Phoney Numbers

Phoney Numbers

Phoney Numbers

A summary of what's in the major U.S. newspapers.
July 27 2003 6:08 AM

Phoney Numbers

The New York Timesleads with—and The Washington Post fronts—word of federal prosecutors launching an investigation into claims that MCI defrauded other phone companies of at least hundreds of millions of dollars over the last decade. The Los Angeles Times leads with—and the others front—the latest attacks on American soldiers in Iraq that killed five. The Post leads with the Bush administration's plans to propose a $1 billion aid package for Afghanistan, more than tripling what the country now gets from the U.S.

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According to "people involved in the inquiry," MCI is accused of disguising long-distance calls as local calls to avoid paying access tariffs to local carriers nationwide. This is not the first trouble for the company: MCI merged with WorldCom a few years ago, and then the company filed for bankruptcy last July after revealing improper accounting of billions of dollars.

The Times either got a look at prosecutors' documents or one of their anonymous sources provided them with some very good specifics—the paper quotes detailed statements made to investigators. The Times has the juicier story here with the WP playing catch-up; as the Post itself notes, "The New York Times first reported the investigation on its Web site yesterday." The only named source in the NYT story is Joseph Friedberg, a lawyer representing an unidentified former MCI executive who is providing evidence to prosecutors. "The magnitude of it I can't begin to describe," he says, but he does—in the WP—where he maintains, "we're talking about multiple billions of dollars."

Three American soldiers guarding a children's hospital in Baquba, Iraq, were killed when someone reportedly threw a grenade out the window of the building; a fourth soldier's leg was severed. In a separate incident, another G.I. was killed and two were injured when their convoy was attacked near Baghdad's Abu Ghraib prison. Everyone quotes the same U.S. soldier who was nearby the hospital strike and who laments to the LAT: "When people die is the only time when the American media and the public pays attention."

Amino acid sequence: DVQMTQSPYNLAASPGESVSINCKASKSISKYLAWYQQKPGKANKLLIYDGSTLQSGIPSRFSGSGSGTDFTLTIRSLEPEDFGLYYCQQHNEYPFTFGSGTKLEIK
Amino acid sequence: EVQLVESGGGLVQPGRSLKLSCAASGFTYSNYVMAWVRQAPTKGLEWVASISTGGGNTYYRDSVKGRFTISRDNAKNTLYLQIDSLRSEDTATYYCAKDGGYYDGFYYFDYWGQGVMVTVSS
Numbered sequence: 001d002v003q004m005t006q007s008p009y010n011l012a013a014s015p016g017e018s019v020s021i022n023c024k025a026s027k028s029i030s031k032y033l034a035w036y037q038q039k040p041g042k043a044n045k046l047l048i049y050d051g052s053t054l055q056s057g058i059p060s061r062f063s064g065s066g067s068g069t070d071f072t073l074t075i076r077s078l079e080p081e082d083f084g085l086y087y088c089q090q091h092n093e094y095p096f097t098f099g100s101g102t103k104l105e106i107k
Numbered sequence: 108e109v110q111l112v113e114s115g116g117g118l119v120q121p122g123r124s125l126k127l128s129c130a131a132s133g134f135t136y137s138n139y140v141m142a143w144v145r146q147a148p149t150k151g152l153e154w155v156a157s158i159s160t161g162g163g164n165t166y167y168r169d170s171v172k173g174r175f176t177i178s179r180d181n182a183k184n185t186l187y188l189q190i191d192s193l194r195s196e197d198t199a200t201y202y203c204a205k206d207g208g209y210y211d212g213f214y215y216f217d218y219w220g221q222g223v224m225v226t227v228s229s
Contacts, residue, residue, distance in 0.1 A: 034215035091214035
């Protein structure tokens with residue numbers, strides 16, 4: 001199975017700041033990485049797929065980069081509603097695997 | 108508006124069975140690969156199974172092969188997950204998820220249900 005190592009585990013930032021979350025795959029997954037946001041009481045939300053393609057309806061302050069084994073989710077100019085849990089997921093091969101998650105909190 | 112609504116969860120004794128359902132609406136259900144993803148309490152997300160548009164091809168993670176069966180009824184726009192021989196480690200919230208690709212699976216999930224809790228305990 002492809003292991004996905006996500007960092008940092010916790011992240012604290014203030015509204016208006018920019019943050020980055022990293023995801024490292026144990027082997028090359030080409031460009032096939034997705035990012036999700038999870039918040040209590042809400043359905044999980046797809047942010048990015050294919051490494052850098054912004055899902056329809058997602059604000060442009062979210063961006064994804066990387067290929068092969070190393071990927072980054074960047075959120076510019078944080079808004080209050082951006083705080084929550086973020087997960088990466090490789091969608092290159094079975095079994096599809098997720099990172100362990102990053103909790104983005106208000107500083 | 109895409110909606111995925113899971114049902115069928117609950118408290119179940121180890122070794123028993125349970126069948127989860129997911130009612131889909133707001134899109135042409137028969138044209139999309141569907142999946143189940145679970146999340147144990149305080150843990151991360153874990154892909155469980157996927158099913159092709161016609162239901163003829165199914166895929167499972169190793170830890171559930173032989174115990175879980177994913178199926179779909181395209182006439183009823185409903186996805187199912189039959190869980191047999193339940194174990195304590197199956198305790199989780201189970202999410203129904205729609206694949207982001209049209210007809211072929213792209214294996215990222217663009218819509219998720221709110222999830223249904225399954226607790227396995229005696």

Early morning reports note the death of a Marine in another grenade attack, bringing the number dead in the last 24 hours to five—one of the deadliest days for troops since President Bush declared an end to major combat on May 1.

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How many U.S. soldiers have been killed in attacks since then? The papers disagree. Before the Marine's death Sunday, The LAT says 48; the WP says 47; and the NYT says 104 have been killed, presumably counting accidental deaths, too.

The Post says that senior administration officials are hoping that the $1 billion for Afghanistan  will counter criticism that American officials have lost interest in Afghanistan.  The money will be shifted from existing military and foreign aid accounts and will help fund construction, police and army training, and education efforts.

The LAT fronts two stories on the recall hoopla in the Golden State, one that examines the rifts among the GOP contestants vying for Governor Gray Davis' job and the other that concludes that no one in the state knows what to expect from this rare event.

In an A1 piece, the WP deconstructs the role of National Security Adviser Condoleezza Rice in the recent controversy over the Bush administration's use of intelligence about Iraq's weapons prior to the war, with analysts and officials weighing in on whether she overlooked crucial information or lied. One unnamed senior official says that she didn't read the "definitive prewar assessment" of Iraq's weapons, and Rep. Henry Waxman, D-Calif., worries about "a frightful level of incompetence."

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For the first time since the end of World War II, Japanese troops will be taking part in a combat operation, reports the NYT. The country's Parliament voted to send 1,000 troops to Iraq later this year, joining the 148,000 American forces and 13,000 other allied troops.

Everybody mentions the takeover of a downtown Manila building by dozens of mutinous Filipino soldiers. The Post and LAT say they've stormed a shopping center; the NYT calls it an apartment complex. Everyone agrees it's rigged with explosives and the Australian ambassador is inside. The hostage-takers have demanded the resignation of President Gloria Macapagal Arroyo. The LAT is the only paper with a Manila dateline.

The Post buries a brief Reuters report on the first U.S. soldiers known to face charges of abusing prisoners of war during the Iraq conflict. The alleged incident took place in mid-May at Camp Bucca. The Associated Press has a more detailed report on the charges, naming the four soldiers who will be tried and quoting some of their family members. In addition to assault and mistreating prisoners, three are charged with making false statements and two are charged with obstruction of justice. The soldiers claim their actions were in self-defense.

The NYT goes inside with predictions on CIA director George Tenet's future. The Times informs readers that the third-longest-serving director in the agency's history was considering leaving his job even before the most recent controversy over the 16 disputed words. He may even be mulling over a run for Congress, according to anonymous sources (who provide all the info in the story save for a single quote).

Watergate makes it back into the Post's A section again with new allegations from Jeb Stuart Magruder, a former Nixon campaign aide. Thirty years later, Magruder's now claiming he heard the president personally order the burglary of the Democratic headquarters. The WP trots out the usual cast of scholars and insiders to debate the credibility of his claims; most say the story is hogwash.